One Ocean Expeditions Doubles Its Polar Adventure Fleet

One Ocean Expeditions (OOE) has announced that the highly regarded Akademik Sergey Vavilov will join her sister ship Akademik Ioffe as its second polar expedition vessel with effect from November 2012.

The Akademik Sergey Vavilov, seen here in icy Antarctic waters

Both ships were built  in Finland in the late 1980’s for the Russian Academy of Sciences.  They undertook hydro-acoustic research and are consequently extremely quiet, fast and stable ships, widely acknowledged as among the the best expedition vessels for difficult polar waters.

Andrew Prossin, who founded OOE in 2006, is a twenty-year veteran of both Antarctic and Arctic expeditions and has worked extensively with both vessels.

“This addition to our fleet was both necessary and timely for OOE. It is necessary because our 2011/12 season has almost completely sold out and we definitely need a second vessel. It is timely because the opportunity to take the Vavilov now puts us in a leading position with the two best expedition vessels in the world,” said Prossin.

With berths for 105 passengers, (but limited by OOE to 92) the Vavilov will initially be deployed in Antarctica, followed by the 2013 Arctic season. But first, the ship will be extensively refurbished. “The Vavilov is a great ship, and with the forthcoming improvement program we will have no trouble bringing her up to the high expectations of One Ocean Expeditions’ clients”, said Prossin.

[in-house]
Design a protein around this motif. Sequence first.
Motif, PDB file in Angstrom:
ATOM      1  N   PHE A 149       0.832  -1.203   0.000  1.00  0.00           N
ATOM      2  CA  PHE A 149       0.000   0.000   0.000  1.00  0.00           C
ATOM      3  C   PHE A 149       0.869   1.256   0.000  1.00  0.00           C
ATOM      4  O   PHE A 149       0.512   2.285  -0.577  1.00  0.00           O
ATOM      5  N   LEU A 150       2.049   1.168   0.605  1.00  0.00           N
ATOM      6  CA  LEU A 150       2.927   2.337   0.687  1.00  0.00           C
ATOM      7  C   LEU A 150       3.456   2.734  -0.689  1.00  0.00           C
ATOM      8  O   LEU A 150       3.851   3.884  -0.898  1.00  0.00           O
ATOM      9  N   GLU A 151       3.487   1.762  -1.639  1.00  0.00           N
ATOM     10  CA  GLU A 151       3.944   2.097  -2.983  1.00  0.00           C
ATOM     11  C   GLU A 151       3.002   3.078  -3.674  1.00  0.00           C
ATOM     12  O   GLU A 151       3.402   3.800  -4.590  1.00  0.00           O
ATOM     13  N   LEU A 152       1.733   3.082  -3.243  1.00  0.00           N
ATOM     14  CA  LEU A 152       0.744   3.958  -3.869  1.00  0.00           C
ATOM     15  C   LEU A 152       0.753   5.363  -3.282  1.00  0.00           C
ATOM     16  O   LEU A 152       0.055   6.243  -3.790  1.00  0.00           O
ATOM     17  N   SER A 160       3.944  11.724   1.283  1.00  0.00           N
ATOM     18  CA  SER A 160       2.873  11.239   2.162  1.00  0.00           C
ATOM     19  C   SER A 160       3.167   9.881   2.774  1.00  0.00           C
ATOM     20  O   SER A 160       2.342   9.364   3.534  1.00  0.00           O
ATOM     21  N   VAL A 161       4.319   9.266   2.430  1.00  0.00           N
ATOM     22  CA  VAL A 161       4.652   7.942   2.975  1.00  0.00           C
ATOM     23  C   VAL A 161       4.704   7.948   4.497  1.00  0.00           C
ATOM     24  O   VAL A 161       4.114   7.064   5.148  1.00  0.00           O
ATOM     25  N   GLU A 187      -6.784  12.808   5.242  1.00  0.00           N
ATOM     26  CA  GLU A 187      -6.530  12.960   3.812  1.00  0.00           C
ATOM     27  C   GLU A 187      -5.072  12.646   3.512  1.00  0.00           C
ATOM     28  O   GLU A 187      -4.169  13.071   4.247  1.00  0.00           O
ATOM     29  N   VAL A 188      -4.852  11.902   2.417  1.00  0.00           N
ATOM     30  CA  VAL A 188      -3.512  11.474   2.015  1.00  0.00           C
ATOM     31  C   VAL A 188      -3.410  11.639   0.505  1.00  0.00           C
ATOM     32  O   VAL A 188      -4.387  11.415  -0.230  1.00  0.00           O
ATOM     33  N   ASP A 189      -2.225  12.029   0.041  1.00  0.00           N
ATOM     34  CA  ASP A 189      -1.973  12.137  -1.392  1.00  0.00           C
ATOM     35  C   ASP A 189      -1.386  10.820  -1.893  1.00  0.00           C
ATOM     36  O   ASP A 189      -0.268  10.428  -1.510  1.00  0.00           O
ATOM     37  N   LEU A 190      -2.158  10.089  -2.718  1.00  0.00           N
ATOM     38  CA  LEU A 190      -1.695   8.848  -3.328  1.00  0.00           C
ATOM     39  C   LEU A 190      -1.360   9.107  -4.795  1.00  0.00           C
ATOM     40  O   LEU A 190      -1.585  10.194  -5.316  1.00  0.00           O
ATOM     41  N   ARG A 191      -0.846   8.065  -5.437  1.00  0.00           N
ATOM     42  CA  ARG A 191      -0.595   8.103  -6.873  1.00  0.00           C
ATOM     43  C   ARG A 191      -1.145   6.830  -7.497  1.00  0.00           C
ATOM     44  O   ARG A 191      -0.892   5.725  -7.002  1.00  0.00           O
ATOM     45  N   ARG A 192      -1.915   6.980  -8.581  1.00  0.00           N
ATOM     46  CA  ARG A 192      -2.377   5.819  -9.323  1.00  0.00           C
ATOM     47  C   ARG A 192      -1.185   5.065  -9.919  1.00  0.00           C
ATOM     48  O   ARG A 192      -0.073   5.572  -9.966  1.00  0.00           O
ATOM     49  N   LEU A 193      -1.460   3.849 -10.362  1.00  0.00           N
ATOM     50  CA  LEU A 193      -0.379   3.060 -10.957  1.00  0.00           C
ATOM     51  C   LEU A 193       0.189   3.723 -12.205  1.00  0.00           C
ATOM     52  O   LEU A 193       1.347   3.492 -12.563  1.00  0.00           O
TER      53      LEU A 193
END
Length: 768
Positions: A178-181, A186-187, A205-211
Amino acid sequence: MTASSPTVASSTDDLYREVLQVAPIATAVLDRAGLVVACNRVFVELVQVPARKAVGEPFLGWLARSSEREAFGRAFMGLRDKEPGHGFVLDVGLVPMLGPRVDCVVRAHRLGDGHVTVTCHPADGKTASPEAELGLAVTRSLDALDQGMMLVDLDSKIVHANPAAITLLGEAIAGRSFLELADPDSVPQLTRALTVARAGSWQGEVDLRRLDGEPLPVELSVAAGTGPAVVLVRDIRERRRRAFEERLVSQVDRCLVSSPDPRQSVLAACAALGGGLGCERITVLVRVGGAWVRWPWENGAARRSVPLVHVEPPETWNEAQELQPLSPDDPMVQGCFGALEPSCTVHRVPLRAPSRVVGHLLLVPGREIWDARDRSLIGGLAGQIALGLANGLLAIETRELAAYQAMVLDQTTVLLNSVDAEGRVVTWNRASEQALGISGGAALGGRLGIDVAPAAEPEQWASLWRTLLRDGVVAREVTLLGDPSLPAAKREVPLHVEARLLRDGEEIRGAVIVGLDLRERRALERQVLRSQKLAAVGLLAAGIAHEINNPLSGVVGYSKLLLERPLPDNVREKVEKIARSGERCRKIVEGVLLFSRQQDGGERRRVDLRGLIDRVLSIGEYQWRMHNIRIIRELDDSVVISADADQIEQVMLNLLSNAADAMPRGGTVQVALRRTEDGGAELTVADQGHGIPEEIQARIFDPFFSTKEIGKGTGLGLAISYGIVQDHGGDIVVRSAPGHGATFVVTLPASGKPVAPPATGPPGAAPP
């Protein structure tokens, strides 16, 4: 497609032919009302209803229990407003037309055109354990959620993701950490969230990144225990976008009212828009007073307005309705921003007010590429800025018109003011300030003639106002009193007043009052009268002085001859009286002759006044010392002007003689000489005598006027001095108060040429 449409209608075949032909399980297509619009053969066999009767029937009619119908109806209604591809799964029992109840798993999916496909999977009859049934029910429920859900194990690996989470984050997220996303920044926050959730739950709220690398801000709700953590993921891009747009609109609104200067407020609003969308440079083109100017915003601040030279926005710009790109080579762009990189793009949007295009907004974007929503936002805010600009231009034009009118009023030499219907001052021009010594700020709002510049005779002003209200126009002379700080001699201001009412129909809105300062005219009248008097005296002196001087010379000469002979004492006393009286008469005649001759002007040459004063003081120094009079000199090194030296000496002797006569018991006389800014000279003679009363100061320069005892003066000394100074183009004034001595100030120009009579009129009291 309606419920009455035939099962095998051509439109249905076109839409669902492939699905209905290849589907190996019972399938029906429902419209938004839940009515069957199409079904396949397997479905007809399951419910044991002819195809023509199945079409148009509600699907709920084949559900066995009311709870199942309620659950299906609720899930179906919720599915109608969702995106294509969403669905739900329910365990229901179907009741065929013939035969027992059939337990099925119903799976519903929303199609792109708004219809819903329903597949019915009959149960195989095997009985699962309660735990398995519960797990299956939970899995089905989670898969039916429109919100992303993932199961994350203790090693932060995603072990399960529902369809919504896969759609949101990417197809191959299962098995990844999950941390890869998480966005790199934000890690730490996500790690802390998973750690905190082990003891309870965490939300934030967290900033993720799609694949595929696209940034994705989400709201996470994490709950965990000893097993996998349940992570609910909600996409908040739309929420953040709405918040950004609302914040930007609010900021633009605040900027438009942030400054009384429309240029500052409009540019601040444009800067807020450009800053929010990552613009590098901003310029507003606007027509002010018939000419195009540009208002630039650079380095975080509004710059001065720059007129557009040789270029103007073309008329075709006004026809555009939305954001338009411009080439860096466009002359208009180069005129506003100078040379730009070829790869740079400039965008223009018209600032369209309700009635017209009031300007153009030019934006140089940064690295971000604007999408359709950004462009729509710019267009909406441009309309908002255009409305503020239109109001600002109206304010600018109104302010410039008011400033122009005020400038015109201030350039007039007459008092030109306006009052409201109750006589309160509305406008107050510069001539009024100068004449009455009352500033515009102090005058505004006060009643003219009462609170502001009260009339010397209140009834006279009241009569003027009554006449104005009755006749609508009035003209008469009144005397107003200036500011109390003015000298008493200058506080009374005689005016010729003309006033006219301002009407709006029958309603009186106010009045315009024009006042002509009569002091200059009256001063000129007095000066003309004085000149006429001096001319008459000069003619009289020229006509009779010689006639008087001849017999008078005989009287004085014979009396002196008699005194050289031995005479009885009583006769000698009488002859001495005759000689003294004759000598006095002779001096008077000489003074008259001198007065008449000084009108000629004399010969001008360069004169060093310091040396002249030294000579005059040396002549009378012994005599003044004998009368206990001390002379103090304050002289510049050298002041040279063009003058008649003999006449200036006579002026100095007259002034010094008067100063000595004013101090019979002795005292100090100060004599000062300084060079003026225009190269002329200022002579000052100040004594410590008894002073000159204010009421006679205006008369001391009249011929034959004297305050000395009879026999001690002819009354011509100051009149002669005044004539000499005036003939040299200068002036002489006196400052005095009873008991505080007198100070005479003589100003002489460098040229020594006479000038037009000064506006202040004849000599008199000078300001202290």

Partial view of a typical twin cabin on the Akademik Sergey Vailov

“This is a terrific platform where we can offer an innovative expedition product and continue to hone the high levels of onboard guest services our clients have come to expect from us.” A major renovation is planned, including redecorated cabins, enhanced, modernised public areas and a wellness centre.

For further details of Arctic and Antarctic expeditions with One Ocean please call Miri Lopusna at The Cruise People Ltd in London on 020 7723 2450 or e-mail cruise@cruisepeople.co.uk.

Did the Octopus Salvage the Explorer’s Black Box?

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Paul Allen's 414-foot yacht Octopus, owned by Navigea Ltd

Microsoft co-founder Paul Allen’s 414-foot yacht Octopus has been down in southern Argentina and Antarctica this winter and, according to today’s Norwegian shipping paper TradeWinds, on February 8 she may have salvaged the black box recorder from GAP Adventures’ pioneer expedition cruise ship Explorer, lost by sinking in ice on November 27, 2007.

On Wednesday, March 30, Navigea Ltd, owners of the Octopus, filed suit in Seattle against Kelvin-Hughes NDR 2000 Voyage Data Recorder and GAP Shipping Ltd for the cost of salvage, which it is said could be between $2 and $3 million. GAP of course did not sanction this work and will resist any responsibility for this effort. As well as helicopters, the Octopus is outfitted with two submersibles that could have carried out this work.

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GAP Adventures' 345-foot expedition ship Expedition replaced the Explorer.

While the merits of this case are debated why not think about a cruise in GAP’s new ship Expedition, commissioned in 2009 to replace the original Explorer. The Expedition cruises the Antarctic by winter and the waters around the British Isles and Svalbard, or Spitsbergen, by summer.

Call The Cruise People Ltd in London on 020 7723 2450 for further details.

Photos courtesy of Wikipedia and GAP Adventures.